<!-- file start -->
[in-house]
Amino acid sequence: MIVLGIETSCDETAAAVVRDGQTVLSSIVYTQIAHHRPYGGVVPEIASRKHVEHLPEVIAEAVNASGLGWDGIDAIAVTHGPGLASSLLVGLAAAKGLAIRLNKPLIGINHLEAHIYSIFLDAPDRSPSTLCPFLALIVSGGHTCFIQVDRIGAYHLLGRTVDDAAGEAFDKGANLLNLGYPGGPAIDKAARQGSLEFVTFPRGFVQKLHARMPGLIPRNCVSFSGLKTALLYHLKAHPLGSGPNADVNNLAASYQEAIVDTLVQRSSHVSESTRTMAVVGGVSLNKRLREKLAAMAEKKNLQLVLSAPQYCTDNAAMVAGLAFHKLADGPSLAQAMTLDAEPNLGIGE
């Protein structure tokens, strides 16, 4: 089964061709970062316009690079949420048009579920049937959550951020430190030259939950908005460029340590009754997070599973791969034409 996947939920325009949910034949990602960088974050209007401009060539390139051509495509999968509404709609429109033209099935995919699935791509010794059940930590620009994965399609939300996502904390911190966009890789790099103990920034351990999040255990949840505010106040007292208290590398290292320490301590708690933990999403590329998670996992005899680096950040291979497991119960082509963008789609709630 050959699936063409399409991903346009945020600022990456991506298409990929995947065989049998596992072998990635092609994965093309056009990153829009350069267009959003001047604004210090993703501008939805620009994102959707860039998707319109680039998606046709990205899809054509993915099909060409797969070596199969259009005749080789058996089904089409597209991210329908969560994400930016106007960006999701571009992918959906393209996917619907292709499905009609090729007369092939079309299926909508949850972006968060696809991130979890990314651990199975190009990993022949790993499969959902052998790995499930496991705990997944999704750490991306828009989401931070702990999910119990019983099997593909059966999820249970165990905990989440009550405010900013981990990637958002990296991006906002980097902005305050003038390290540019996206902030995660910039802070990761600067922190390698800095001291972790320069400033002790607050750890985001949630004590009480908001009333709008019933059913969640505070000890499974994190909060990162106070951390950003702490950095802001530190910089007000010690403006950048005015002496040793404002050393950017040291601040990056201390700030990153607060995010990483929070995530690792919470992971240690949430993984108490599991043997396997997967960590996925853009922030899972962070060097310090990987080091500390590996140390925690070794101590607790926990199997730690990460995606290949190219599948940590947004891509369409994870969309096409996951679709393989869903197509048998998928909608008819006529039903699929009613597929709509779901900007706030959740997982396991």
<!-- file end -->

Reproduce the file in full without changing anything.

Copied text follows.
[in-house]
Amino acid sequence: MIVLGIETSCDETAAAVVRDGQTVLSSIVYTQIAHHRPYGGVVPEIASRKHVEHLPEVIAEAVNASGLGWDGIDAIAVTHGPGLASSLLVGLAAAKGLAIRLNKPLIGINHLEAHIYSIFLDAPDRSPSTLCPFLALIVSGGHTCFIQVDRIGAYHLLGRTVDDAAGEAFDKGANLLNLGYPGGPAIDKAARQGSLEFVTFPRGFVQKLHARMPGLIPRNCVSFSGLKTALLYHLKAHPLGSGPNADVNNLAASYQEAIVDTLVQRSSHVSESTRTMAVVGGVSLNKRLREKLAAMAEKKNLQLVLSAPQYCTDNAAMVAGLAFHKLADGPSLAQAMTLDAEPNLGIGE
């Protein structure tokens, strides 16, 4: 089964061709970062316009690079949420048009579920049937959550951020430190030259939950908005460029340590009754997070599973791969034409 996947939920325009949910034949990602960088974050209007401009060539390139051509495509999968509404709609429109033209099935995919699935791509010794059940930590620009994965399609939300996502904390911190966009890789790099103990920034351990999040255990949840505010106040007292208290590398290292320490301590708690933990999403590329998670996992005899680096950040291979497991119960082509963008789609709630 050959699936063409399409991903346009945020600022990456991506298409990929995947065989049998596992072998990635092609994965093309056009990153829009350069267009959003001047604004210090993703501008939805620009994102959707860039998707319109680039998606046709990205899809054509993915099909060409797969070596199969259009005749080789058996089904089409597209991210329908969560994400930016106007960006999701571009992918959906393209996917619907292709499905009609090729007369092939079309299926909508949850972006968060696809991130979890990314651990199975190009990993022949790993499969959902052998790995499930496991705990997944999704750490991306828009989401931070702990999910119990019983099997593909059966999820249970165990905990989440009550405010900013981990990637958002990296991006906002980097902005305050003038390290540019996206902030995660910039802070990761600067922190390698800095001291972790320069400033002790607050750890985001949630004590009480908001009333709008019933059913969640505070000890499974994190909060990162106070951390950003702490950095802001530190910089007000010690403006950048005015002496040793404002050393950017040291601040990056201390700030990153607060995010990483929070995530690792919470992971240690949430993984108490599991043997396997997967960590996925853009922030899972962070060097310090990987080091500390590996140390925690070794101590607790926990199997730690990460995606290949190219599948940590947004891509369409994870969309096409996951679709393989869903197509048998998928909608008819006529039903699929009613597929709509779901900007706030959740997982396991």